What is your most valuable asset? I recently organized a panel on personal finance and one of my fellow panelists asked this important question. The audience stared at him blankly. No one wanted to answer the question! Well, I won’t keep you in suspense. It’s you. You are your most valuable asset. And when it comes to money management, you need to invest in yourself and protect yourself just as you would invest in stocks and insure your home. When you sit down to consider your financial situation think about whether you are cultivating your human capital.
Human capital is the value of your future income. The younger you are, the larger your human capital because you have more time to work and earn money. Developing and protecting your human capital is an important part of managing your finances. Financial experts and economists are encouraging people to look beyond the standard idea of net worth (how your liabilities (e.g., mortgage, student loans, etc.) stack up against your assets (e.g., home value, retirement accounts, investments, etc.)) and consider how their future financial worth factors into their financial life.
This concept is gaining more attention in the financial planning arena because your earning potential can have a large impact on your lifestyle, your ability to retire, your ability to fund your children’s education, etc. The list goes on and on.
Building your human capital can increase your income and can increase your ability to reach your financial goals in the future. Essentially, you are investing in you.
How Do I Cultivate My Human Capital?
Training and Education. Is there a certification you’ve been eyeing that will increase your chances of getting promoted? Is there a class you can take that will allow you to learn new skills? Don’t overlook classes and trainings that will increase or diversify your skill set. You may have to pay for those classes but consider what the return will be on your investment. It may be well worth the expense. And if your employer will pay for the classes, stop reading now and go sign up. Go ahead. You can come back and finish reading this post AFTER you have taken steps to increase your skill set and earning ability. There are few excuses if you can develop new skills on someone else’s dime.
Volunteer. You can volunteer for a charity or you can give your time to a professional organization. Whatever you choose to do, don’t overlook the experience and skills that can come with donating your time, energy and expertise. I listen to people talk about how they want to change jobs but don’t have the experience to move into a new position. Find out if you can volunteer to do the work you want to do! Volunteer work can teach you new skills, make you more marketable and give you the opportunity to help others and yourself at the same time.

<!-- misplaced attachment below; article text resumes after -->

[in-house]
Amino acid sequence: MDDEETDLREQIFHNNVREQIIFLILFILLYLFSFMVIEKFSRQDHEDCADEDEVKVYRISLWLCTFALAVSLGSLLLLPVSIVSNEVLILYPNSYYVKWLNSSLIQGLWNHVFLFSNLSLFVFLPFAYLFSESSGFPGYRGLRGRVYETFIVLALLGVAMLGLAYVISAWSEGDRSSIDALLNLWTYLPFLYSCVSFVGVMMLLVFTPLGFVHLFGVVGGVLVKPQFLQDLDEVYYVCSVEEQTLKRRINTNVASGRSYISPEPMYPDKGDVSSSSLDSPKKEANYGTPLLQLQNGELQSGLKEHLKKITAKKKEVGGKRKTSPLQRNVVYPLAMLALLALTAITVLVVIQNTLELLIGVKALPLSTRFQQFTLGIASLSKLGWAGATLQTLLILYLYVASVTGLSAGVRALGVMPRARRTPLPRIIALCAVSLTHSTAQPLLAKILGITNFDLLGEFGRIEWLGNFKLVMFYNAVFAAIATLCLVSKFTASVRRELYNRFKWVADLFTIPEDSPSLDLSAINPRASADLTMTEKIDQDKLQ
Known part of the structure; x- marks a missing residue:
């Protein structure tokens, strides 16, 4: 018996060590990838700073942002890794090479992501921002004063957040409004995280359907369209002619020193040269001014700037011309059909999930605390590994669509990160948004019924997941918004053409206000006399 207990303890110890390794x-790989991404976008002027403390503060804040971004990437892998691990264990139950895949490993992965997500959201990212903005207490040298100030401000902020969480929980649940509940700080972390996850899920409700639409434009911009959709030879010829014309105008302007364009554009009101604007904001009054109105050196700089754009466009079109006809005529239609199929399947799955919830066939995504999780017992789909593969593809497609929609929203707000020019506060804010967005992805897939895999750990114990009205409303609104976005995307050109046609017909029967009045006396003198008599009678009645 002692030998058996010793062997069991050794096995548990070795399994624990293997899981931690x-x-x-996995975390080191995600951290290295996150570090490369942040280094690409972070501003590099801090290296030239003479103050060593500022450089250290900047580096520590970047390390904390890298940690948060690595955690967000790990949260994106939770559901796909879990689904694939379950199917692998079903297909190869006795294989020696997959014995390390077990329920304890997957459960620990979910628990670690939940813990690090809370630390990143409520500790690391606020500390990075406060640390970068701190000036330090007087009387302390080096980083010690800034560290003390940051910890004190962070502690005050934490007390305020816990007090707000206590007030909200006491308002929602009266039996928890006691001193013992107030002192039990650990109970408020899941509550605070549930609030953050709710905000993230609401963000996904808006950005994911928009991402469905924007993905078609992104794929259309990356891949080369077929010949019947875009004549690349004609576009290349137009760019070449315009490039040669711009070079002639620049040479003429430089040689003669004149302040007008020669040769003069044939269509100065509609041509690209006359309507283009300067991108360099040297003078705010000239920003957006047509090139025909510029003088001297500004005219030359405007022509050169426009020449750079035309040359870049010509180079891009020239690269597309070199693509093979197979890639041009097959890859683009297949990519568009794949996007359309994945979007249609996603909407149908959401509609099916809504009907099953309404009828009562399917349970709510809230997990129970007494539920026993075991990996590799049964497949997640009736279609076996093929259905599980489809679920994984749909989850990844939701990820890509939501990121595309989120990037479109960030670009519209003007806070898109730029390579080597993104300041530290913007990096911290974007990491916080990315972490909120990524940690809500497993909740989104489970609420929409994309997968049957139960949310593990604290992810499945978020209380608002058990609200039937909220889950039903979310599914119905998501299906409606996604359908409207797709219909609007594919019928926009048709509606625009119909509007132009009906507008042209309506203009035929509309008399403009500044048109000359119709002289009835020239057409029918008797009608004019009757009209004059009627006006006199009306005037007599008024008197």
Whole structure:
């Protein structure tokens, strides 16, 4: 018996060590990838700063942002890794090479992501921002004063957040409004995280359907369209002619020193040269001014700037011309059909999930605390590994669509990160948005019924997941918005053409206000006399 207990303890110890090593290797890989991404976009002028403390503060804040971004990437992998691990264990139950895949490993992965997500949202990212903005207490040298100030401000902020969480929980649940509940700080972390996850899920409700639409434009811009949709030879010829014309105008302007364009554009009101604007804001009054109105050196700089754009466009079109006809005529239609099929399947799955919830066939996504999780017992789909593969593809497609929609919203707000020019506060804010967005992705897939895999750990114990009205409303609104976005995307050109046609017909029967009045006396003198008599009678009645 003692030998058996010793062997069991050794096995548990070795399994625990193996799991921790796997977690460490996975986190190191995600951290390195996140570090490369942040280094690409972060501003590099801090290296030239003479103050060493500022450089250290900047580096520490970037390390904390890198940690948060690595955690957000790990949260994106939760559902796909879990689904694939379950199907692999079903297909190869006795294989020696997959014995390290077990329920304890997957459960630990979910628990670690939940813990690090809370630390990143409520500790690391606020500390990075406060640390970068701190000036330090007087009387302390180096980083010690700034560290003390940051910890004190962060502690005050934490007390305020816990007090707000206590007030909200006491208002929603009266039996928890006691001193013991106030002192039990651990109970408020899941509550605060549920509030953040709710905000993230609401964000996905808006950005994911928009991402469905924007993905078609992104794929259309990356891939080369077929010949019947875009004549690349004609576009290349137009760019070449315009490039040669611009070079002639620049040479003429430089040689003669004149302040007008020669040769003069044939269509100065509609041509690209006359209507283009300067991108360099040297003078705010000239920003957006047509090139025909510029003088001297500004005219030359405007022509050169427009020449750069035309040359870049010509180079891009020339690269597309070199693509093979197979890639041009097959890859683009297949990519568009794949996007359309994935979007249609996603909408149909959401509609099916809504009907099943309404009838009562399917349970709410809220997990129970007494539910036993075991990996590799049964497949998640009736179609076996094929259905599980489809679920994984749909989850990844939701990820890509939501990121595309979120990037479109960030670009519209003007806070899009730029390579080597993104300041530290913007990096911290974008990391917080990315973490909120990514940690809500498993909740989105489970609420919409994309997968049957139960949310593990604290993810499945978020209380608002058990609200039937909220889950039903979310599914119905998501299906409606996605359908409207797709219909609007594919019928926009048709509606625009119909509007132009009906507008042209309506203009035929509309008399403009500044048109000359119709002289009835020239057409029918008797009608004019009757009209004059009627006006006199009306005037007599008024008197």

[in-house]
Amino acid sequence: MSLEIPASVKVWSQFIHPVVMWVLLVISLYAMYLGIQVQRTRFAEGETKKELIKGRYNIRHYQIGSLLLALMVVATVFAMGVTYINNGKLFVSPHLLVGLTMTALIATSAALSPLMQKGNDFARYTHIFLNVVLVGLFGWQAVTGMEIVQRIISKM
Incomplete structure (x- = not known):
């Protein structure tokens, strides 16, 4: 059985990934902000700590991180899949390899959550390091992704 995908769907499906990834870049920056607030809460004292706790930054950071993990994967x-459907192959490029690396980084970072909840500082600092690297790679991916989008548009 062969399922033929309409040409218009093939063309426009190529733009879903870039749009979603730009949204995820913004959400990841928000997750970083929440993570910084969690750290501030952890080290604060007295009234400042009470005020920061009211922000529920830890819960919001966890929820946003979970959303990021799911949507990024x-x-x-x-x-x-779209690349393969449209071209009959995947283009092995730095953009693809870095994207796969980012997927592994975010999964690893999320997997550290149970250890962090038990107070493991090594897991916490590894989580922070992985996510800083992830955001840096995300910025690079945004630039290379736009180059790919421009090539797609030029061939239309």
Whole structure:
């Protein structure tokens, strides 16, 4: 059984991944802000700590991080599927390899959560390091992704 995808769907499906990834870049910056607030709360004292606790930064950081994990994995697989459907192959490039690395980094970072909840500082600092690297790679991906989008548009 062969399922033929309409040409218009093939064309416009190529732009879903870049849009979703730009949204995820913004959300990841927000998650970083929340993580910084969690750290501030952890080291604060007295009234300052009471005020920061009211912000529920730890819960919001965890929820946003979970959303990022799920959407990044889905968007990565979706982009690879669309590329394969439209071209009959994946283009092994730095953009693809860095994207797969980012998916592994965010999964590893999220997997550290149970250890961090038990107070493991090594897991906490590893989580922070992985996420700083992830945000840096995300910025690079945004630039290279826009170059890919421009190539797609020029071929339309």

Active Involvement in Your Career Development. When I started my legal career, I went to work, got my assignments, put my head down and worked. My academic success came from hard work so why change what works? Because success in business is not just about who works the hardest. Who you know, what you can offer your company and how you relate to people are all extremely important. You could be the smartest person in the office but if people can’t relate to you, it’s unlikely that anyone will have your back when promotions are being discussed. Cultivate relationships and seek out mentors. Volunteer for new projects. Become an expert in a new area. All of these things will help you develop important human capital.
Network and Maintain Contacts. You are more likely to get your foot in the door if you know someone behind the door. Join a professional organization and meet new people. Maintain contact with people and don’t wait until you need something to cultivate those relationships. Make sure your relationships are a two-way street. Offer to help people when you can and you’ll receive help when you need it.
How Do I Protect My Human Capital?
Disability Insurance. What happens if you become injured and can’t work? You want to protect yourself and your family by having disability insurance. Disability insurance will cover part of your salary when you are unable to work. Disabilities can often have a devastating effect on your finances because not only are you not working but you are also running up medical bills to treat your injury. Protect yourself and your capital.
Make sure you consider your future earnings when you are planning your next career and financial moves. While you don’t know the future and can’t exactly predict your future net worth, you can take steps to protect and invest in the most valuable asset you have. You.
Kimberly Allman, Esq. is a financial planner and the President of Allman Financial Planning, LLC where she assists individuals who are seeking to improve their financial health. She is also the Manager of Homeownership Preservation for the New York Mortgage Coalition where she provides assistance to homeowners in distress through seminars, informational workshops and one-on-one counseling. She started her career as a corporate lawyer where she advised clients on a variety of investment products including hedge funds, mutual funds, structured products and real estate investment trusts.
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